Sen. Stumpf: Nielsville Bridge
This morning, our first stop of the day took us down a narrow road to a bridge that crosses the Red River and connects Minnesota and North Dakota. It was a beautiful morning, but the Mayor of Nielsville, who greeted us at the bridge, had some grim news. The bridge had a several foot-wide hole in the middle of it.
There were other workers there taking samples of different sections of the bridge. Mayor David Vraa explained that the bridge was used to fairly heavy traffic at this time of year – around 400 vehicles per day. Sugar beet farmers carry heavy loads back and forth across the bridge to American Crystal Sugar processing areas nearby. But since the bridge was closed, farmers and local residents are forced either five miles north or south to the closest bridges. These nearby bridges are both located on gravel roads – which makes harvest time more difficult for these rural farmers as their heavy loads grind down the soft gravel which isn’t designed for such high-traffic use.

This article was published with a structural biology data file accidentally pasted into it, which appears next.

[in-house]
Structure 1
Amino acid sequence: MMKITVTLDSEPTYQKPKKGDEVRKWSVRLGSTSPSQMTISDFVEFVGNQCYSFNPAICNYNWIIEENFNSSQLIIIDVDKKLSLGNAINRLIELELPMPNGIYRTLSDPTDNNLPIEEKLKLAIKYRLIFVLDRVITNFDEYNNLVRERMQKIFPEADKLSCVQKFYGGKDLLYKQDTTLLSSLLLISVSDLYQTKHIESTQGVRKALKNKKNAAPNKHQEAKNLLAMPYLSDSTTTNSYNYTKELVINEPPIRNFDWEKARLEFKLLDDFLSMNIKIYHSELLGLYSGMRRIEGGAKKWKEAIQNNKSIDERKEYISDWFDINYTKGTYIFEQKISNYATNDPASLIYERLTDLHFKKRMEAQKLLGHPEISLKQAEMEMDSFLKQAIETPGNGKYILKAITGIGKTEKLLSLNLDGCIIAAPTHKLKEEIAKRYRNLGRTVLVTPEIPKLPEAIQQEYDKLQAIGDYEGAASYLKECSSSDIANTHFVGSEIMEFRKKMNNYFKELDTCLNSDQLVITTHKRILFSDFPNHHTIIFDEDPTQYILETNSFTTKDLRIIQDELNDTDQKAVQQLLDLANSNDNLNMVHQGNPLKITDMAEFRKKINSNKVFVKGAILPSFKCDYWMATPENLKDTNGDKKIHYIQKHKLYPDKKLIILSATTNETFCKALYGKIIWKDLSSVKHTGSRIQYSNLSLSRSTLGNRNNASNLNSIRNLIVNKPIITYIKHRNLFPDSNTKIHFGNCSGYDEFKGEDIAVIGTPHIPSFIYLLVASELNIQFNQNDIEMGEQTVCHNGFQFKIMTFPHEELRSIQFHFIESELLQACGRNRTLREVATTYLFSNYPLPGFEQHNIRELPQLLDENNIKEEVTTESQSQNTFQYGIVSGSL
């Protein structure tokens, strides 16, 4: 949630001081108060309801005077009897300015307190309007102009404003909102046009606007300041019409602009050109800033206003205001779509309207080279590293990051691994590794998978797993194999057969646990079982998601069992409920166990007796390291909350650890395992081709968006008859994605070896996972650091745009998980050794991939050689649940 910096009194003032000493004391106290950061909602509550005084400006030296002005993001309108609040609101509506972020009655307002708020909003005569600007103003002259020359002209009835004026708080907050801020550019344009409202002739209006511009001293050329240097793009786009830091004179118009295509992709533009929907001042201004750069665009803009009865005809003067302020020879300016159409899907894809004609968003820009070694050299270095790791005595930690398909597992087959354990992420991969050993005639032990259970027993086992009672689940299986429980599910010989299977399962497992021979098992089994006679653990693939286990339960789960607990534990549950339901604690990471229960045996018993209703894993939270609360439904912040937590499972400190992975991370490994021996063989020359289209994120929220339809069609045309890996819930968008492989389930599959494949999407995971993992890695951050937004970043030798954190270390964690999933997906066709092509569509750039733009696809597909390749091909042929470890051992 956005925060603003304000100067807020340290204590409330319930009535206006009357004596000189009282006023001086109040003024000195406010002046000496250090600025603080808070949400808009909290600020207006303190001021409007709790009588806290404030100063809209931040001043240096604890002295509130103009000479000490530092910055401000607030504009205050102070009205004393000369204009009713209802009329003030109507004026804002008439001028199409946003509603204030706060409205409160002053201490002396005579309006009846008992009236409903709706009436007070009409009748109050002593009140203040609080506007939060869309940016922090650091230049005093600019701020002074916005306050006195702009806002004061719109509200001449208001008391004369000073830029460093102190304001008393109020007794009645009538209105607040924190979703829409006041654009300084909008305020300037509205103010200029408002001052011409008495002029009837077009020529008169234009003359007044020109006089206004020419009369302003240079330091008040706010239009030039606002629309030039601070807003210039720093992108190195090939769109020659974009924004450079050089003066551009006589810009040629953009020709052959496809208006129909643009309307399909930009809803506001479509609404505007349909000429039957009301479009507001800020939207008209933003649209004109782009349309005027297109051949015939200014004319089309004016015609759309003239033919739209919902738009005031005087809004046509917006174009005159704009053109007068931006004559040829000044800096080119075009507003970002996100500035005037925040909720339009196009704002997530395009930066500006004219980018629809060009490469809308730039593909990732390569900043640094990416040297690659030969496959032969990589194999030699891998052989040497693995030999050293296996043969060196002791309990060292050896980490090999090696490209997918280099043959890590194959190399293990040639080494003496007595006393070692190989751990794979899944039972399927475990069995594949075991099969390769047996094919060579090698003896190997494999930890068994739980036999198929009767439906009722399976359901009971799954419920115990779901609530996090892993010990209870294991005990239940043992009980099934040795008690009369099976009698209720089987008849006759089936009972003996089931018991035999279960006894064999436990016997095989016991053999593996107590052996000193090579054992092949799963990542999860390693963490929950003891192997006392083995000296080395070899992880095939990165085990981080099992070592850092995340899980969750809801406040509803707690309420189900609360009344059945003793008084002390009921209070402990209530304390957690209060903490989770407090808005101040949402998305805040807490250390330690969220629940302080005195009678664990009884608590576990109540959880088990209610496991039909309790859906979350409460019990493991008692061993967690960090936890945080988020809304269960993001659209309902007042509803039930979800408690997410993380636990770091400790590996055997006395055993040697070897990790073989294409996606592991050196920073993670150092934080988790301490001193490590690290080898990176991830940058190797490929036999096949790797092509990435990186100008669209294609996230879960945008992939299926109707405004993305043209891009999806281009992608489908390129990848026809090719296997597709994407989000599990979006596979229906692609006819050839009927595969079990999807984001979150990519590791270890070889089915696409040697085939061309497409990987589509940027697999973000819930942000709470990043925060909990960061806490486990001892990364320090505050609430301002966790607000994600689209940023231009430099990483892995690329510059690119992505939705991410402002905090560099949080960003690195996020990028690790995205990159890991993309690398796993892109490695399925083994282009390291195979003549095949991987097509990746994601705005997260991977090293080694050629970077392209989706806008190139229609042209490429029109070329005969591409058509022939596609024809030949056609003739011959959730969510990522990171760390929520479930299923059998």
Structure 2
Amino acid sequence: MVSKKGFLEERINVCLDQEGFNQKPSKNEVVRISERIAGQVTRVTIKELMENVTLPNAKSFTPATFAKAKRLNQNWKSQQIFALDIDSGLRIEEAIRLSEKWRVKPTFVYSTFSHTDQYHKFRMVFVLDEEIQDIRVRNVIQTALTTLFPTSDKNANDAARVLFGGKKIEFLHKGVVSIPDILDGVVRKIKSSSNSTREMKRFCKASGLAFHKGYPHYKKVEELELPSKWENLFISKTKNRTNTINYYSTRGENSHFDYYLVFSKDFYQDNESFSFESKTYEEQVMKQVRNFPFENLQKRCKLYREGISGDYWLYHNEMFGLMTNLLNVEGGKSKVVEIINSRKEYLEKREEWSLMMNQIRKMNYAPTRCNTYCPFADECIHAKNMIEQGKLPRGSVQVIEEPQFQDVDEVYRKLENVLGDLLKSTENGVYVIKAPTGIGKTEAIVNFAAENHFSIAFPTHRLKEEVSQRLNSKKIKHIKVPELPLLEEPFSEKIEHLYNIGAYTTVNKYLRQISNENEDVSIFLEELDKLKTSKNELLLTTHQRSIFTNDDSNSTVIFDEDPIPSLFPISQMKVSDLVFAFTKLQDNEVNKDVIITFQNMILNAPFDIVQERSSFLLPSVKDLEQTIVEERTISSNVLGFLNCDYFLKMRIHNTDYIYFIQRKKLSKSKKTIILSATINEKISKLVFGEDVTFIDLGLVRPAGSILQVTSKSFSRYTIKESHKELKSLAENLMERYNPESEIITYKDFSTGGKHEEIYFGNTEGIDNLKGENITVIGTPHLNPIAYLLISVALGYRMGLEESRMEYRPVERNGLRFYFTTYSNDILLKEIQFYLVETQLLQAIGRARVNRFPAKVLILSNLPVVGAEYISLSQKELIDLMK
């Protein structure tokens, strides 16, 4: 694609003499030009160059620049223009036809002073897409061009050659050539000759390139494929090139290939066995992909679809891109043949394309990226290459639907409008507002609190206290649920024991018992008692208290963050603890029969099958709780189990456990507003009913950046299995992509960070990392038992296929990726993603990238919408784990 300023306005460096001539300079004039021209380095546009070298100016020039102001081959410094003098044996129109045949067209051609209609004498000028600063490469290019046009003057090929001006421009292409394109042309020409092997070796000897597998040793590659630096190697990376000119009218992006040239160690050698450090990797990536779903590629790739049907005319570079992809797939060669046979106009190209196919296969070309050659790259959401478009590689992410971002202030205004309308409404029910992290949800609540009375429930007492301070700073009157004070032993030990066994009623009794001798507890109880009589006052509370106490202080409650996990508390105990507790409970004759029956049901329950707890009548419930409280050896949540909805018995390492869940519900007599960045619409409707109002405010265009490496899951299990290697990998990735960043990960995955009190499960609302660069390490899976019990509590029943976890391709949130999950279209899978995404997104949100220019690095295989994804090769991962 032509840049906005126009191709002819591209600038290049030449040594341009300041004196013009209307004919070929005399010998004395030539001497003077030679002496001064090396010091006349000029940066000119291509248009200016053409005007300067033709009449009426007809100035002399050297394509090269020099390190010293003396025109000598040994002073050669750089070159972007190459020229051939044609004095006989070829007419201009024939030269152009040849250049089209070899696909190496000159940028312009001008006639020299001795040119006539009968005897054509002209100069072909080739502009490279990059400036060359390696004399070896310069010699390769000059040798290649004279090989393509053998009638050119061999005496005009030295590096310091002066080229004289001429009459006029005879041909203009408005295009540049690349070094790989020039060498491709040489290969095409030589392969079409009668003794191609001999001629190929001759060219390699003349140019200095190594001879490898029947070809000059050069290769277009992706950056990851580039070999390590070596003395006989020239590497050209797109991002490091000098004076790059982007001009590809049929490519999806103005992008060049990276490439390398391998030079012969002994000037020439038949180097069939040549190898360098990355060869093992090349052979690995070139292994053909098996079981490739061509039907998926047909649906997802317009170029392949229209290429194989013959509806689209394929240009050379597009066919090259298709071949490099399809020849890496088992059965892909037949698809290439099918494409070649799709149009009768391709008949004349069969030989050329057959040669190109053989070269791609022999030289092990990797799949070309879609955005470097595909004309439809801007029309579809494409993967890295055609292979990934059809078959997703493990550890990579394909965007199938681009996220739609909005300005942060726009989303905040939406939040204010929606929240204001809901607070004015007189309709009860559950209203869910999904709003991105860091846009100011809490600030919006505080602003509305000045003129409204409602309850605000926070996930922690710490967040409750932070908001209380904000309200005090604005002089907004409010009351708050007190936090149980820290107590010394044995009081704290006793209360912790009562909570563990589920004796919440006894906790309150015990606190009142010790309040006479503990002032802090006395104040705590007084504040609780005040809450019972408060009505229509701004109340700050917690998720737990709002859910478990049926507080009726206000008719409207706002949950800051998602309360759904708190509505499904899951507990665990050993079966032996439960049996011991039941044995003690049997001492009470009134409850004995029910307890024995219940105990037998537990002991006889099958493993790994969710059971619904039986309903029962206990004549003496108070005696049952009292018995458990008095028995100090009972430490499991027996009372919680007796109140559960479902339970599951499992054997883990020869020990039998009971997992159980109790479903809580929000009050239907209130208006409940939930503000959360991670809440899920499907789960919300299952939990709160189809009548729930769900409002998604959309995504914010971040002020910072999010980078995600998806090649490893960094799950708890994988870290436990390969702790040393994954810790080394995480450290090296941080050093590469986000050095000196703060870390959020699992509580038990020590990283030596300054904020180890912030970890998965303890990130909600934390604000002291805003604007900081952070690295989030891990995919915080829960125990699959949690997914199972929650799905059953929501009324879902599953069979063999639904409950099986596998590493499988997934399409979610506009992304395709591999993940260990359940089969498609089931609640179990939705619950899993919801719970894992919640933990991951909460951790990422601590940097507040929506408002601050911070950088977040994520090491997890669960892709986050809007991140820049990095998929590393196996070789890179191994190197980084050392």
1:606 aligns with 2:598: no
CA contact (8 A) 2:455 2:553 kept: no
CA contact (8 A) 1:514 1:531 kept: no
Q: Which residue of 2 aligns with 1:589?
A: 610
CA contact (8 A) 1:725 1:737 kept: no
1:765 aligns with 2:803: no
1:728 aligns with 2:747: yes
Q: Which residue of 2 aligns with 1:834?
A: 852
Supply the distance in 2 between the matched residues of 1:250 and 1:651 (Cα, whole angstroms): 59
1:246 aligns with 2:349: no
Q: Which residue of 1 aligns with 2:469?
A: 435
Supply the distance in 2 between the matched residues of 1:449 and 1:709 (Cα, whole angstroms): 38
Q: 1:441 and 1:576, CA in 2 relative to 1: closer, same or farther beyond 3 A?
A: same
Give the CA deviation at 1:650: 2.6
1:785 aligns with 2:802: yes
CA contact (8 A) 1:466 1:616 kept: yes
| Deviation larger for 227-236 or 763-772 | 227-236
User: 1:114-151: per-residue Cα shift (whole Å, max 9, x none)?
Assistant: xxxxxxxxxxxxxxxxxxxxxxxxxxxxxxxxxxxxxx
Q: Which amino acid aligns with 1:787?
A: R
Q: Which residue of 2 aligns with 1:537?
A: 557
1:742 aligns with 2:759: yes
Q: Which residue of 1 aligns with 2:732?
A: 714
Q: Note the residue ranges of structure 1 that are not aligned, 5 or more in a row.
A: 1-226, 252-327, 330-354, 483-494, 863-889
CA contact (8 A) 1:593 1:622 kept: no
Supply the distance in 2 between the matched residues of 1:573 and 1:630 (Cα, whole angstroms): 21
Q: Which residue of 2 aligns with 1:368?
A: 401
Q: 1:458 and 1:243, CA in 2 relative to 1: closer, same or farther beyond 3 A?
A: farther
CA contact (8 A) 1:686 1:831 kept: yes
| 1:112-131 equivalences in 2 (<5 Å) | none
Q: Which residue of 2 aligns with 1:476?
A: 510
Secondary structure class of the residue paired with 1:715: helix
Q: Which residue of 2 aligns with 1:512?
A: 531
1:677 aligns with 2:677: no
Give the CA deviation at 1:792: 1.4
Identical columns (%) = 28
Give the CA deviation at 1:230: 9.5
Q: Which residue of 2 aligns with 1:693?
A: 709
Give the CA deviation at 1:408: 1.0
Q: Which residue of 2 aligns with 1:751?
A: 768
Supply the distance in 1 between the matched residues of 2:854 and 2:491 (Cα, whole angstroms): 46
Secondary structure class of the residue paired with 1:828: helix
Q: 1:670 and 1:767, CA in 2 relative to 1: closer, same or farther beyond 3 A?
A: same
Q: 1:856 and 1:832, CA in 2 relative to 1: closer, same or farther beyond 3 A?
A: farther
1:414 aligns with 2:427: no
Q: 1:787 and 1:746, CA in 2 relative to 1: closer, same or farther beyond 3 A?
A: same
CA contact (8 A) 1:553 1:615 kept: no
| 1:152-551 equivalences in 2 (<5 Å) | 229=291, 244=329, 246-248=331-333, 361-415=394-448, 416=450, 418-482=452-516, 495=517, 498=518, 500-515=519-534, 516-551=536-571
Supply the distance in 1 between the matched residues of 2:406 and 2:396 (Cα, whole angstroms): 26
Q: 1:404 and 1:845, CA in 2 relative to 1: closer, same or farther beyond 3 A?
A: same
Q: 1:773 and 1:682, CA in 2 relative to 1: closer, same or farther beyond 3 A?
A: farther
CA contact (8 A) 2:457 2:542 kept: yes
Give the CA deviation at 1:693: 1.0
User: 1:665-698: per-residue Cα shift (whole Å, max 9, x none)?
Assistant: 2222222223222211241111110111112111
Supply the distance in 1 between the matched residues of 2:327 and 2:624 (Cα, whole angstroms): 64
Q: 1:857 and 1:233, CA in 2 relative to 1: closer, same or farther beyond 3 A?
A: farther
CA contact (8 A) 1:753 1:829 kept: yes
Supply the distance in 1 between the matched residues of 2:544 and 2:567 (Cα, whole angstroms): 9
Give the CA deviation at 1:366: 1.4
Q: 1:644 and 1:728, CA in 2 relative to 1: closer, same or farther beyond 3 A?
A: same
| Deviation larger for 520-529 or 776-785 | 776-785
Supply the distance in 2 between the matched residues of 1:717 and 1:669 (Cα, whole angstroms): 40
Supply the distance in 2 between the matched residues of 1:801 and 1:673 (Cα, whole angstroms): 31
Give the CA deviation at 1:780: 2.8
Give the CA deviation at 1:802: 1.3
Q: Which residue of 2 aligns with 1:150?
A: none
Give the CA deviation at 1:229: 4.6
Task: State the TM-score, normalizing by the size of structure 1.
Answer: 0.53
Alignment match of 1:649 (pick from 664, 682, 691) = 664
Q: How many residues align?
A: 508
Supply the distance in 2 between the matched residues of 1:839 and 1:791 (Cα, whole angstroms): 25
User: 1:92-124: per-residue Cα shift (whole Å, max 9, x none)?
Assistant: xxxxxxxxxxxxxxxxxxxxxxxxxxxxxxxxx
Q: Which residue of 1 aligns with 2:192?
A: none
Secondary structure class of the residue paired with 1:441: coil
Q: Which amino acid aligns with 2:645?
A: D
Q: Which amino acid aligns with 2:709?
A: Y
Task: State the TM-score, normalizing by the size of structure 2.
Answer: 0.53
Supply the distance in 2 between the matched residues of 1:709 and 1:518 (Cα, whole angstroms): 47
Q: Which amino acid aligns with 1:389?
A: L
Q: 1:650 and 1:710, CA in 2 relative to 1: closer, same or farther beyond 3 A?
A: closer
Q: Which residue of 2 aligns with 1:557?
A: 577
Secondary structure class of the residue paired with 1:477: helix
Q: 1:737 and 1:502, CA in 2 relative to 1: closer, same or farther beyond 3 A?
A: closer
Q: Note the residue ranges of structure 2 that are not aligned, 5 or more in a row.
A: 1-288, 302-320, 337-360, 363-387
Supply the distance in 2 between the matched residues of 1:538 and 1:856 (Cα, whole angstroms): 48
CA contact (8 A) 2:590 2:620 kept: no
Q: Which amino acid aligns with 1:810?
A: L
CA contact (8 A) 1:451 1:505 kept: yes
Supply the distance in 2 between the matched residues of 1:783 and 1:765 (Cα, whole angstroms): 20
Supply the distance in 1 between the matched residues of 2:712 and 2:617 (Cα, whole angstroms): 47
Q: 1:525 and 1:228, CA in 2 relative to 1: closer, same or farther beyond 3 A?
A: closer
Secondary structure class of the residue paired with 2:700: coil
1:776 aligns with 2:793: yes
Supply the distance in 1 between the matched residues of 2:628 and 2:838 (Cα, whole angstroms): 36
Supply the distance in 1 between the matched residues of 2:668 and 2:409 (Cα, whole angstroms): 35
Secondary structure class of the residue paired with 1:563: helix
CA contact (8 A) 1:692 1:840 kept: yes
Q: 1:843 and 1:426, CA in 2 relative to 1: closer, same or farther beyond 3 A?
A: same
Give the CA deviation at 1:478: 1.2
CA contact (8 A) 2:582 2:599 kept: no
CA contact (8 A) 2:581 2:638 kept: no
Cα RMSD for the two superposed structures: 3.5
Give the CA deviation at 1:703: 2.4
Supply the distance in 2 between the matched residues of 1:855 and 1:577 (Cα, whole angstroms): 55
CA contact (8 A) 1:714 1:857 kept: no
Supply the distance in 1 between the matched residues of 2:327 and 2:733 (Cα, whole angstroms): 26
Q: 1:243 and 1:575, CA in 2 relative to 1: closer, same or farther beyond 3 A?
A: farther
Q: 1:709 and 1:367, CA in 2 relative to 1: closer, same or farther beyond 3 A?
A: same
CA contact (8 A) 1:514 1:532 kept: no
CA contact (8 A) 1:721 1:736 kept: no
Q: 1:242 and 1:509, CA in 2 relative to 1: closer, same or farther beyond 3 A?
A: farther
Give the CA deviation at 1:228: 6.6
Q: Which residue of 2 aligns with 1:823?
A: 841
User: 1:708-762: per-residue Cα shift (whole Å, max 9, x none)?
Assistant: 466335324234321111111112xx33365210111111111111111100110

The roundabout trips across the river are also bad news for emergency vehicles. Mayor Vraa said Nielsville and other county services are contracted with North Dakota to offer fire and other safety services. With the bridge out, police are forced to add an extra 15 minutes to their response times, and fire trucks must add an additional ½ hour to their trips – making the chance of saving anything close to impossible.
The mayor expressed his frustration with the state of North Dakota. He told us Minnesota’s neighboring state seemed unwilling to offer financial help, stating that area residents would be just fine with driving out of their way for the foreseeable future. This means, if the bridge is to be fixed – even though it’s a shared border, the majority of the cost would fall on the state of Minnesota – with a price tag between $7 and $9 million.
Fixing or replacing basic infrastructure like roads and bridges is a major function of state bonding dollars. We must invest in existing infrastructure that is owned by the state. Bridges, by design, connect people to their homes, businesses, family and friends – and in this case connects two different states.
State Senator LeRoy Stumpf